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December 2010

Proposed HHS Rule Calls For Health Rate-Hike Scrutiny

From: Property-Casualty.com


WASHINGTON—A proposed federal regulation will require health insurers to publicly disclose that they are seeking rate increases of 10 percent or more in the individual and small group markets.

The regulation, unveiled today by the federal Department of Health and Human Services, deals with a core market served by health insurance agents.

Under the proposed regulation, such increases are not presumed to be unreasonable, but will be analyzed to determine whether they are unreasonable.

Happy Birthday Wishes to the Data Quality Act

December 21, 2010 marks the tenth anniversary of the Data Quality Act (DQA), also known as the Information Quality Act, 44 U.S.C § 3516, note.

The DQA has deep roots developed over nearly a half-century as the result of a seed planted during the Johnson Administration which germinated in the Nixon Administration, was watered by the Carter Administration and whose product was harvested by the Reagan Administration, made available to the public in the Bush I Administration and subsequently enhanced by the Clinton Administration and promoted by the Bush II and Obama Administrations. See: http://thecre.com/ombpapers/SystemsAnalysisGroup.htm and http://thecre.com/quality/20010924_fedinfotriangle.html

Examining Judge Hudson’s Decision On The Individual Mandate

From: Health Care Blog

by Timothy Jost

On December 12, 2010, Judge Henry Hudson of the Eastern District of Virginia became the first federal judge to hold a provision of the Affordable Care Act unconstitutional. 

The lawsuit was filed by the Attorney General of the Commonwealth of Virginia immediately after the reform statute was signed into law in March.  It challenges the constitutionality of the minimum essential coverage requirement, known informally as the “individual mandate.”  This provision requires all uninsured individuals lawfully present in the United States and not incarcerated to purchase a basic, high cost-sharing, health insurance policy or pay a penalty, as long as their income exceeds the tax filing limit, they can afford a health insurance policy for 8 percent of their income or less, they do not have a religious objection to being insured and they do not belong to a health care sharing ministry.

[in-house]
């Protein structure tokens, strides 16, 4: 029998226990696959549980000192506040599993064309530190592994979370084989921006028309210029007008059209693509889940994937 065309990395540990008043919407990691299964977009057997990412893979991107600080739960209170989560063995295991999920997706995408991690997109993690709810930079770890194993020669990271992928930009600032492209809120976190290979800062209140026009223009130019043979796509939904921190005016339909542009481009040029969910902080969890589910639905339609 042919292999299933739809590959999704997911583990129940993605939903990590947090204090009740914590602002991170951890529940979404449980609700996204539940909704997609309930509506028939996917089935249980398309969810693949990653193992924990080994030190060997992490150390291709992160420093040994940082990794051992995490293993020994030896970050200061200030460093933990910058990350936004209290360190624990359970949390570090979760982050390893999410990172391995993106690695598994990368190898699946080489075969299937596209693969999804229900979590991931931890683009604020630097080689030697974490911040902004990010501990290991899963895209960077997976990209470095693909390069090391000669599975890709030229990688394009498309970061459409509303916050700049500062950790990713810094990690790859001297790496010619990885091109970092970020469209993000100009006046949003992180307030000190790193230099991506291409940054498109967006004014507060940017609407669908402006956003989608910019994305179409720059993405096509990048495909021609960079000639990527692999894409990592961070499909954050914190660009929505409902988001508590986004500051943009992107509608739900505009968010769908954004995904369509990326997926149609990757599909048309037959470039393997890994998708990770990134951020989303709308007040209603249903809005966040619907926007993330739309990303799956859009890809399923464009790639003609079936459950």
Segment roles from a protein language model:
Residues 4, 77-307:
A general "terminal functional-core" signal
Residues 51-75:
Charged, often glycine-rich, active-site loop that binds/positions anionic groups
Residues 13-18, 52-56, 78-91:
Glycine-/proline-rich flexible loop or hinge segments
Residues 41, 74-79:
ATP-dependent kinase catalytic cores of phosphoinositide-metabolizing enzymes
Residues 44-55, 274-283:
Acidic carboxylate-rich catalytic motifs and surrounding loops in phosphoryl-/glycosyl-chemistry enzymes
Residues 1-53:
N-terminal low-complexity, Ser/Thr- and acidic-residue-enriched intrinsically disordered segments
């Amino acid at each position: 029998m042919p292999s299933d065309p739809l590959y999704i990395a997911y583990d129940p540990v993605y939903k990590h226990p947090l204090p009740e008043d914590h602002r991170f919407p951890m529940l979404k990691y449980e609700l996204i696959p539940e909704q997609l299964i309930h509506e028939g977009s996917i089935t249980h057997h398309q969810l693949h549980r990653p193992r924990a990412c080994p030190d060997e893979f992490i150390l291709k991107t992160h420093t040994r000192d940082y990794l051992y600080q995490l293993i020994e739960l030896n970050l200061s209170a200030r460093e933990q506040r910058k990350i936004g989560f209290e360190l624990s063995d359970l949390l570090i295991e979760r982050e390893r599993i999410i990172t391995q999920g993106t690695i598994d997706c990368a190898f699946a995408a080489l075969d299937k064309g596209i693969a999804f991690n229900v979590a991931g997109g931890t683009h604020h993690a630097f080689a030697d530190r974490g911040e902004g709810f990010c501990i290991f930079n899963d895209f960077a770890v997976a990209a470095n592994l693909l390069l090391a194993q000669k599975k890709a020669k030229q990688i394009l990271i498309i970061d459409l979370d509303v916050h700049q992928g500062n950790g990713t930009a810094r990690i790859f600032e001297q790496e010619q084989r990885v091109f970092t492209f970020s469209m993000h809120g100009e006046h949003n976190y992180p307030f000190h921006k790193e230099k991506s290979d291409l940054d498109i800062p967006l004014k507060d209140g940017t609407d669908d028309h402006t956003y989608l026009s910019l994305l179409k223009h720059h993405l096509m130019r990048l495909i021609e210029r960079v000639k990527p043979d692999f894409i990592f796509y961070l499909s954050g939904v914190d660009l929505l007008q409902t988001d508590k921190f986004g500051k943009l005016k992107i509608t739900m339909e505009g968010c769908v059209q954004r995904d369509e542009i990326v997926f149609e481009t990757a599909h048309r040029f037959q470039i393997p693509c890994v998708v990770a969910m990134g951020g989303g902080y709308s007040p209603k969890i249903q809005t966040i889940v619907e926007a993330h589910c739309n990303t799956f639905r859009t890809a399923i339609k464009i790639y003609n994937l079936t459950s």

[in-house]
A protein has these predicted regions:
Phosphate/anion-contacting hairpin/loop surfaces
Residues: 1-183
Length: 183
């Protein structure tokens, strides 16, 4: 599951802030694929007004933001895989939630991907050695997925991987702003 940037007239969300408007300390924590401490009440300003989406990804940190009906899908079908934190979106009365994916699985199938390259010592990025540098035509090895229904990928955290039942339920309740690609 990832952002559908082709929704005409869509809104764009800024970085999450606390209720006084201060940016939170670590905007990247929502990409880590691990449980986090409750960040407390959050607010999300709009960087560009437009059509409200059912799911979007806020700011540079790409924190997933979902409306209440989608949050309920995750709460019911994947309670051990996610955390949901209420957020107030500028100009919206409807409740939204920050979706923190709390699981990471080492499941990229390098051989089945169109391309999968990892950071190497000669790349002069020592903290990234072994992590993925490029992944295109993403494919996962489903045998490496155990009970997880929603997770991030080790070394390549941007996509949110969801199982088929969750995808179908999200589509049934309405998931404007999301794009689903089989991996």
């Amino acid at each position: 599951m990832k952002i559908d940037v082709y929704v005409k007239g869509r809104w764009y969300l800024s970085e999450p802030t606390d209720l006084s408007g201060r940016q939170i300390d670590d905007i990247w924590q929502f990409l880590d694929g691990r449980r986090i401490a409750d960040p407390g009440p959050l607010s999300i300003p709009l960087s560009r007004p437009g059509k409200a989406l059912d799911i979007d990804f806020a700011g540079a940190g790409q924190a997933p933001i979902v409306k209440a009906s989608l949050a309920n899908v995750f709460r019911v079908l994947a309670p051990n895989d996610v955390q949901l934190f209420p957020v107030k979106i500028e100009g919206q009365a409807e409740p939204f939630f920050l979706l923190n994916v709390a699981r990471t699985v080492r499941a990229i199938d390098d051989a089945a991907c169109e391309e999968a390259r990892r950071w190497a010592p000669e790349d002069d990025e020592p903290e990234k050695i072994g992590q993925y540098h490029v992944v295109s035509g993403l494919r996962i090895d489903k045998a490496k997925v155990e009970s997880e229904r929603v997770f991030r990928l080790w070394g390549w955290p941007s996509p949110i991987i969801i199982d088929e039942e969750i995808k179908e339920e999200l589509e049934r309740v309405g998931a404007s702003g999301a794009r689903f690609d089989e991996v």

HHS spells out final medical-loss ratio rules

From: American Medical News

Washington — The Health and Human Services Dept. issued final regulations on Nov. 22 on what health insurers must do to meet medical-loss ratio requirements as part of the new health system reform law.

Starting in January 2011, if health plans don’t spend enough of their premium dollars on medical care and quality improvement, they must provide a rebate to customers in 2012.

Insurers will need to report publicly how they spend premium dollars beginning next year, according to the new rules. The regulations also specify that insurance companies in the individual and small-group markets need to spend at least 80% of the premium dollars they collect on medical care and quality improvement activities; those in the large-group market must spend at least 85%.

Rate Review: Spotlight on State Efforts to Make Health Insurance More Affordable

The Patient Protection and Affordable Care Act creates a new federal role to examine “unreasonable increases” in the premiums charged for certain individual and small group health plans.  Under the health reform law, the U.S. Department of Health and Human Services (HHS) will work with state insurance departments to conduct an annual review of unreasonable rate increases, and insurers must provide justification for such increases to HHS and to the public via their websites.  The new law also allots $250 million for state insurance departments to enhance their process for reviewing proposed rate increases.
This study examines the existing laws and regulations in all 50 states that currently govern the review process for health insurance rates.  It finds dramatic variations across states, with some states having with no authority at all and others with robust authority to review and approve or disapprove rates before they are implemented.  Researchers also interviewed insurance regulators in 10 states (Alaska, Connecticut, Colorado, Idaho, Louisiana, Maine, Ohio, Pennsylvania, South Carolina, and Wisconsin) to see how different levels of rate regulation work in practice.  

The study was conducted by researchers at the Georgetown University Health Policy Institute and the Kaiser Family Foundation.
Reports,  Studies  and Toplines Icon Report (.pdf)

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